Impact of left ventricular longitudinal diastolic functional reserve on clinical outcome in patients with type 2 diabetes mellitus
Sung-Ai Kim ; Chi-Young Shim ; Jong-Won Ha ; Namsik Chung ; Yangsoo Jang ; Eui-Young Choi ; Dong-Hoon Choi ; Hyun-Jin Lee ; Jin-Mi Kim
Heart, Vol.97(15) : 1233~1238, 2011
BACKGROUND: Left ventricular longitudinal diastolic functional reserve (DFR), as assessed by the change in early diastolic mitral annular velocity (E') during exercise, is abnormal in patients with type 2 diabetes mellitus (DM). However, the impact of left ventricular longitudinal DFR on clinical outcome has not been explored. This study evaluated the incremental prognostic value of left ventricular DFR in patients with type 2 DM without overt heart disease.
METHODS: Of 1485 patients who were referred for exercise stress echocardiography, 197 consecutive patients (mean age, 58 years; 84 men) with type 2 DM without overt heart disease were identified. Left ventricular longitudinal DFR was defined as the change in E' from resting to exercise (ΔE'). The endpoint was a composite of death and hospitalisation for heart failure (HF).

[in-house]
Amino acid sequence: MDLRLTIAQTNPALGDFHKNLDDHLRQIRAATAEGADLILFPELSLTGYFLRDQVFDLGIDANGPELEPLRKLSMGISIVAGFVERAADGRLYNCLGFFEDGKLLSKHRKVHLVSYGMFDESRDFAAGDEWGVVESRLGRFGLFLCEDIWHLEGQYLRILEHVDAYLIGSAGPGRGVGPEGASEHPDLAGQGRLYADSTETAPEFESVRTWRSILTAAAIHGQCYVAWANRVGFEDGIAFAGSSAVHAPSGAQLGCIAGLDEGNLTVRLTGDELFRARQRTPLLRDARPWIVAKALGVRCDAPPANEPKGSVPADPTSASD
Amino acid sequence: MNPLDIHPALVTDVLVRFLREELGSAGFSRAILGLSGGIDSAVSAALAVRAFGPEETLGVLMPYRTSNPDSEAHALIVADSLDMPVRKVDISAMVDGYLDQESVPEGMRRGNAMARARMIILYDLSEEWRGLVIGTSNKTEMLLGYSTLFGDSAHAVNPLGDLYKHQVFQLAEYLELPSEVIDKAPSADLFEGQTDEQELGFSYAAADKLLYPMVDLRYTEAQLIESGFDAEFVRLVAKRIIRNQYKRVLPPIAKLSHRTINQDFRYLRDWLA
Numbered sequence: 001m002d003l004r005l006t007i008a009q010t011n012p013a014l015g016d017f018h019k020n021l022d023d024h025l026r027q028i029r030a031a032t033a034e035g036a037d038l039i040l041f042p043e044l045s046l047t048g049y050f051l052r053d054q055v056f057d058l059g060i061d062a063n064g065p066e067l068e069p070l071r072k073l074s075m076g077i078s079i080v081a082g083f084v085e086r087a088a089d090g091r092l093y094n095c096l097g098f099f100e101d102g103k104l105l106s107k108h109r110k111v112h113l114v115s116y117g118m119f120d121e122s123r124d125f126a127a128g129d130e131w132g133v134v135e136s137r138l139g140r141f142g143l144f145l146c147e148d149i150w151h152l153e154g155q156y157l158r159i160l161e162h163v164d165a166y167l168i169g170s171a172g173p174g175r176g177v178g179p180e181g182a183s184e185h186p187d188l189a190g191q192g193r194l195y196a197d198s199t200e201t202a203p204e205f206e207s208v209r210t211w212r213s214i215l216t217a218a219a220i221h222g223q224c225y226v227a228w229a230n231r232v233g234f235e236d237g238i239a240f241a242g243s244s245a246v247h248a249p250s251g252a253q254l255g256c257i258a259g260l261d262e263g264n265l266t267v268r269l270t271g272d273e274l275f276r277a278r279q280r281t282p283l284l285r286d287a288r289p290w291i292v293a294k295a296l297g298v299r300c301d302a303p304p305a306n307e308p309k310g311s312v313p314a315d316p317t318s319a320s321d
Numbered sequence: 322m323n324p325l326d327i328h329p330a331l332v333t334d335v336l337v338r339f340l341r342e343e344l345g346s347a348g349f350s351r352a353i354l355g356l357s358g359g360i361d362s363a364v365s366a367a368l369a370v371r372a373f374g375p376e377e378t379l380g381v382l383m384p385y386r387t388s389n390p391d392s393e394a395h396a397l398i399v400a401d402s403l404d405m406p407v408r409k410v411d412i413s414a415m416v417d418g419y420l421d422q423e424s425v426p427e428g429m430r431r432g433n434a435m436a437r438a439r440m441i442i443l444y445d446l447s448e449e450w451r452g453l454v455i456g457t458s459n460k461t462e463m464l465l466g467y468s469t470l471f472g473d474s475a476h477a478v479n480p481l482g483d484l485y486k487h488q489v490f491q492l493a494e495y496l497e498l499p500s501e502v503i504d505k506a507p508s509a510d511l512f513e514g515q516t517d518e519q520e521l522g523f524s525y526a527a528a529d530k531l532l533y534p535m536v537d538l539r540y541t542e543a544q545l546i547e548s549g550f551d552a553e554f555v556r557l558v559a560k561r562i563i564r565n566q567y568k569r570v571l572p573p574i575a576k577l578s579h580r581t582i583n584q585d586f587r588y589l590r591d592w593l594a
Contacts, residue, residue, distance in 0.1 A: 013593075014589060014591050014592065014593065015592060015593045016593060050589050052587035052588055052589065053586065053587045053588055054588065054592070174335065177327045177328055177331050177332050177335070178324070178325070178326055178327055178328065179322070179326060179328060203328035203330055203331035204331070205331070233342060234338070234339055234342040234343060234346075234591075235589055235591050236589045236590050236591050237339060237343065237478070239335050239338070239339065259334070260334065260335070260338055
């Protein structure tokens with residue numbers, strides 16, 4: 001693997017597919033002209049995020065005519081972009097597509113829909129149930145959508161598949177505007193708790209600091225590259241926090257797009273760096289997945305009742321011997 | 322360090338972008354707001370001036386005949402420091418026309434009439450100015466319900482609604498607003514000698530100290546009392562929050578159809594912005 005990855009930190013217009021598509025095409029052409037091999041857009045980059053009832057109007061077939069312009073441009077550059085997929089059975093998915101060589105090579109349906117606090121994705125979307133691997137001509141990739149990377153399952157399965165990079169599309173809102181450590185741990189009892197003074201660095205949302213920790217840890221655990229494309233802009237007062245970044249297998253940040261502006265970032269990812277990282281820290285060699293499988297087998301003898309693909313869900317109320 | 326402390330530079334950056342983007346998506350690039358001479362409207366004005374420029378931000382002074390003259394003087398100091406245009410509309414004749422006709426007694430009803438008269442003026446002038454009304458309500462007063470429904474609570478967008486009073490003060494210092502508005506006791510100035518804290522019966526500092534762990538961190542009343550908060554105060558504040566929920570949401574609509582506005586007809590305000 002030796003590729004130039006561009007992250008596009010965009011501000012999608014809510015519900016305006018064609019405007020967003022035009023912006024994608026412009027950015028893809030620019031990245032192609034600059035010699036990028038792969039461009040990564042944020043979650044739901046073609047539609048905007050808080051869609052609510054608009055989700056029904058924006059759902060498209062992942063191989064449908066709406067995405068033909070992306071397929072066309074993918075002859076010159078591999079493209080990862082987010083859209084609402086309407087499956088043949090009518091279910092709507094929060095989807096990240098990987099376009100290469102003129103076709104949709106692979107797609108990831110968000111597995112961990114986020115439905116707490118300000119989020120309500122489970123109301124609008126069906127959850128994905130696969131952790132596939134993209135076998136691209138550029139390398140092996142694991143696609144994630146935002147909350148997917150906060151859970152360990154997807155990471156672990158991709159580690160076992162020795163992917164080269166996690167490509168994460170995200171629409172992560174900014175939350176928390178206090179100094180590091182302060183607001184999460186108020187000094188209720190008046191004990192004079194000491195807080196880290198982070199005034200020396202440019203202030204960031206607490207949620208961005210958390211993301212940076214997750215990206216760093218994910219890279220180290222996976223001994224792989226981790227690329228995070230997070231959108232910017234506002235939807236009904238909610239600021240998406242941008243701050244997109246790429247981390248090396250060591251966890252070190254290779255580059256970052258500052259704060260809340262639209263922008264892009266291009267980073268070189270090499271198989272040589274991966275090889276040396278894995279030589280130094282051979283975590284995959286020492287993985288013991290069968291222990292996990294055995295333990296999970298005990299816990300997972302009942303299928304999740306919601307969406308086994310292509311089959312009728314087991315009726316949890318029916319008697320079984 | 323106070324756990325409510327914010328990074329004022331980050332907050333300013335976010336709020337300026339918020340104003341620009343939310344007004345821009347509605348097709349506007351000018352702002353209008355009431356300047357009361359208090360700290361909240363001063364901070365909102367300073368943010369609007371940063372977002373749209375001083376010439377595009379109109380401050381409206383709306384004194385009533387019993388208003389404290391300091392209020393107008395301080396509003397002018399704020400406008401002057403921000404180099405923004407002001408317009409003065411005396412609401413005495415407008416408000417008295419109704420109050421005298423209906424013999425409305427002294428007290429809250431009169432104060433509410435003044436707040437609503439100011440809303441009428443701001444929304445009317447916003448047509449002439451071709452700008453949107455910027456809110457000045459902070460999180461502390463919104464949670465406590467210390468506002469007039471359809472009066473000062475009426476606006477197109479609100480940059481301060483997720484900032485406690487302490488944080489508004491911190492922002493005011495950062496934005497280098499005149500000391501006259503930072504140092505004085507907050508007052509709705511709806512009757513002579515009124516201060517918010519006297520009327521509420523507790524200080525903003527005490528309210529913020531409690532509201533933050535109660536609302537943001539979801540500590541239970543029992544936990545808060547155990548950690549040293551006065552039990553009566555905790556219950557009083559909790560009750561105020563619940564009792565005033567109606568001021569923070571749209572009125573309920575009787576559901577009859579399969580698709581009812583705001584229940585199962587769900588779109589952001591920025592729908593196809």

RESULTS: During a median follow-up of 57 months (range 6-90), 18 of 197 patients (9.1%) had adverse events (12 deaths, six hospitalisations for HF). Independent predictors of adverse events in a Cox regression analysis were estimated glomerular filtration rate (HR 0.97; 95% CI 0.95 to 0.98; p<0.001), DM duration (HR 1.07; 95% CI 1.01 to 1.14; p=0.018) and ΔE' (HR 0.58; 95% CI 0.40 to 0.85; p=0.005). In an incremental model, the addition of stress echo data significantly increased the χ² of the clinical and resting left ventricular function model, from 40.5 to 46.6 (p=0.005).
CONCLUSION: Assessment of left ventricular longitudinal DFR during exercise provided incremental prognostic information in patients with type 2 DM without overt heart disease.